Planning of ventilation & aeration systems
Ventilation systems fall under the installation group 3 of the HOAI. As already mentioned at the beginning, they serve to supply certain areas with air. The systems can be divided into 2 groups: Room air technology (VDI Ventilation Rules) and process air technology. Process air technology is part of the manufacturing process. It involves the extraction, drying, separation or conveying of air, depending on the requirements of the production process. Process air technology systems are part of the production systems.
What are room air technology systems?
These are technical systems that are used to supply fresh outside air to living rooms, offices or production areas and to discharge used or polluted air (exhaust air) to the outside. Room air technology systems are part of the technical building equipment.
The required air flow rate is calculated and depends on the demand. In addition to ventilation systems that serve to supply fresh air and/or discharge exhaust air, there are also pure air recirculation systems in which no fresh air is supplied, but the room air is recirculated and, for example, cleaned and humidified.
Different types of ventilation systems
Free ventilation systems
These systems are based on the natural exchange of air between the room air and the outdoor air. The exchange takes place through windows or ventilation slits or in the form of joint ventilation through cracks and gaps in windows and doors.
Technical equipment for free ventilation systems are for example shaft ventilation or roof ventilators.
Free ventilation systems use thermal or pressure differences. The rate of air exchange fluctuates greatly and cannot be controlled. Waste heat cannot be recovered.
Supply air systems
The heart of these room air technology and air conditioning systems are fans, which are used to direct air into the interior of the building. On this occasion, the air can be given additional properties. For example, it can be heated or cooled, humidified or dried. If the air is cooled and humidified, it is a partial air conditioning system. Coarse and fine air filters and electrostatic precipitators are often an integral part of supply air systems. These clean the air of insects, pollen and dust.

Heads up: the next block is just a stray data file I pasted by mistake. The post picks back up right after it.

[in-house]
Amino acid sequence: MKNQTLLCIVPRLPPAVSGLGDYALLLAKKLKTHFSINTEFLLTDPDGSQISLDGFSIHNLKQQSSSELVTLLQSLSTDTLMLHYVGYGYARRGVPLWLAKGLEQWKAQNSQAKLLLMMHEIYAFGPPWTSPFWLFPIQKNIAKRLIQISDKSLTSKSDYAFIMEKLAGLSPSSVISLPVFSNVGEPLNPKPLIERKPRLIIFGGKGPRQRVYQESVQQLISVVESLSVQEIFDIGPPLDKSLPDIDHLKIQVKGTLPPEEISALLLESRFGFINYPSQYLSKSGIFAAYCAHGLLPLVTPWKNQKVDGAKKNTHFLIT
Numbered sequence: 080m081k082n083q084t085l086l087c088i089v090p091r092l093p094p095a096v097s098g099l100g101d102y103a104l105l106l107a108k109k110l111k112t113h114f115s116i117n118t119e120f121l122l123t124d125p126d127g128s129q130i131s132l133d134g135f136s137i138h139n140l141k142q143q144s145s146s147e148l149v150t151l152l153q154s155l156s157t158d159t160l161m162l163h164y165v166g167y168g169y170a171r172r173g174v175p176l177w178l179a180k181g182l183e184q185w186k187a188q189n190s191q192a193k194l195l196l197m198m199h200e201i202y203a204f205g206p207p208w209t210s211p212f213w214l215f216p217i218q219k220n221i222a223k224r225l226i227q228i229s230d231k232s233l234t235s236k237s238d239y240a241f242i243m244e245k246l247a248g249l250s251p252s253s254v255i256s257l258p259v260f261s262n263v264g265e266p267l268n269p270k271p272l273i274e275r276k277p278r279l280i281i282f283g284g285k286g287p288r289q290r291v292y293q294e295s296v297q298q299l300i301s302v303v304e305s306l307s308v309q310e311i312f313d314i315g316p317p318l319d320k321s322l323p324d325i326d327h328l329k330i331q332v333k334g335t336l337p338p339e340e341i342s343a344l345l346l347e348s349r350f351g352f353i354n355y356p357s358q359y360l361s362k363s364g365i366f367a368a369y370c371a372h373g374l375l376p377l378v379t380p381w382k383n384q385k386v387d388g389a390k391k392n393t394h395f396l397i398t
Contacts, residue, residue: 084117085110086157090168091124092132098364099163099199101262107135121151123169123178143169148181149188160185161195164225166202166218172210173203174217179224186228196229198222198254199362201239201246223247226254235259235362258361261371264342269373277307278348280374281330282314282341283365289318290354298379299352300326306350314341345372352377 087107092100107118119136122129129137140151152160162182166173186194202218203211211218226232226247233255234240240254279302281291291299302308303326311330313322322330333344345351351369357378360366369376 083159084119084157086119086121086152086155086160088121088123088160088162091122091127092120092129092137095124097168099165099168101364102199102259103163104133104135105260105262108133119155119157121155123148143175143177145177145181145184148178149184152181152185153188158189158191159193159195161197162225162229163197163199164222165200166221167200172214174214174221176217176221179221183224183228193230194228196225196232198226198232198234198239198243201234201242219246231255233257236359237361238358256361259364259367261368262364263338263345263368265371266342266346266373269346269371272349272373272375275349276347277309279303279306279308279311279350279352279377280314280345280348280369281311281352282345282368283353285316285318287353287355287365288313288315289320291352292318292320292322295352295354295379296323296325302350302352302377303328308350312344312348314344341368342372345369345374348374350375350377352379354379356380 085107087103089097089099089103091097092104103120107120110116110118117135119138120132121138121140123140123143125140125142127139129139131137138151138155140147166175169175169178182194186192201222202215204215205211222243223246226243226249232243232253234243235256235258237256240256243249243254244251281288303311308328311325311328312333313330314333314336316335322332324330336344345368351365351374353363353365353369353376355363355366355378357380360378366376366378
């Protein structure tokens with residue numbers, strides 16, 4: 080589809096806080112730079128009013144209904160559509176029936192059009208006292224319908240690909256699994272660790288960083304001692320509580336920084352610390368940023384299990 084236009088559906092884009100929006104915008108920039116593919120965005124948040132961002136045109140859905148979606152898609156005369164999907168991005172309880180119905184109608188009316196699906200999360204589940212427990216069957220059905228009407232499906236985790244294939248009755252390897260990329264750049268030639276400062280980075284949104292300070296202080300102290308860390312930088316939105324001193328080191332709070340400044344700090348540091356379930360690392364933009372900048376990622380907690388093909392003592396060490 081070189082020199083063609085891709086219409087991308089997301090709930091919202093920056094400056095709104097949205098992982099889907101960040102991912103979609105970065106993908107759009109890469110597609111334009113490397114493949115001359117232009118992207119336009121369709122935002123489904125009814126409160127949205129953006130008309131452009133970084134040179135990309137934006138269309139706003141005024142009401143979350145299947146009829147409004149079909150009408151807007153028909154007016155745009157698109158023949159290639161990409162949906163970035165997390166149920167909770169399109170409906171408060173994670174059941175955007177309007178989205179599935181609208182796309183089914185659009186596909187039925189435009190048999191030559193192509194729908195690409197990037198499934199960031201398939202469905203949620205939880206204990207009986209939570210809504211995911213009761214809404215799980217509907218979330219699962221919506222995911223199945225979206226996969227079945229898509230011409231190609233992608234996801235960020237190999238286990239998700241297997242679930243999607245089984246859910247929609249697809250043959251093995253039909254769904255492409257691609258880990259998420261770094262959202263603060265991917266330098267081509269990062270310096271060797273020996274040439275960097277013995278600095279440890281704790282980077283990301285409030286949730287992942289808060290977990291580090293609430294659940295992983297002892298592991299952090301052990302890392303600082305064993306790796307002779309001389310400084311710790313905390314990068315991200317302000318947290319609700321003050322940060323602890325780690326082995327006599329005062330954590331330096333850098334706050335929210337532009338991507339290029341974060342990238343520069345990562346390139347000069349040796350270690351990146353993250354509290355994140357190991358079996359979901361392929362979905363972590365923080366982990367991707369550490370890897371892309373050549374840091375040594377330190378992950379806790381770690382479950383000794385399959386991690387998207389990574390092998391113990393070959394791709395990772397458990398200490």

Exhaust air systems
Prime examples of pure exhaust air systems are ventilation systems in public toilets or sanitary facilities in office buildings, social facilities or production plants. Other areas of application are smoke extraction systems, fume cupboards in laboratories or ventilation systems in underground car parks. In the private sector, extractor hoods with exhaust air function fall into this category.
Supply and exhaust air systems
Combined operation is very common in practice. Such systems are often combined with heat recovery equipment. Depending on the design, between 40 and 90 percent of the heating energy used can be recovered.
Components of the ventilation systems
The heart of the systems are fans or blowers which provide the forced air exchange. Almost as important are air filters, which are supposed to protect people and equipment from harmful impurities in the supply air. Sensors indicate when the filters must be replaced. Ventilation flaps close automatically when the system is switched off. Fire dampers must also be installed between individual fire compartments.
Silencers are also necessary components in high-performance systems. While smaller ventilation systems are controlled by compact controllers, larger systems are integrated into the building automation and are controlled by DDC-GA electronic modules.
Hygiene in ventilation systems
The applicable provisions are laid down in VDI 6022. This regulates the responsibilities of the planner, installer and operator. Inspections, maintenance and cleaning work must be carried out at regular intervals. The aim is to prevent contamination with dirt and germs and to ensure that the system works properly.
Ventilation systems are used to supply fresh air to buildings or to discharge exhaust air. Very often systems work in combined operation. They provide sufficient moist, clean and unpolluted air so that people stay healthy and machines operate optimally. In combination with heat recovery systems, they can save at least 40 percent of heating energy (compared to systems without heat recovery). Larger ventilation systems are centrally controlled and are part of the building automation system. Ventilation systems play a very important role in kitchen ventilation technology and laboratory ventilation technology, but also in garage ventilation.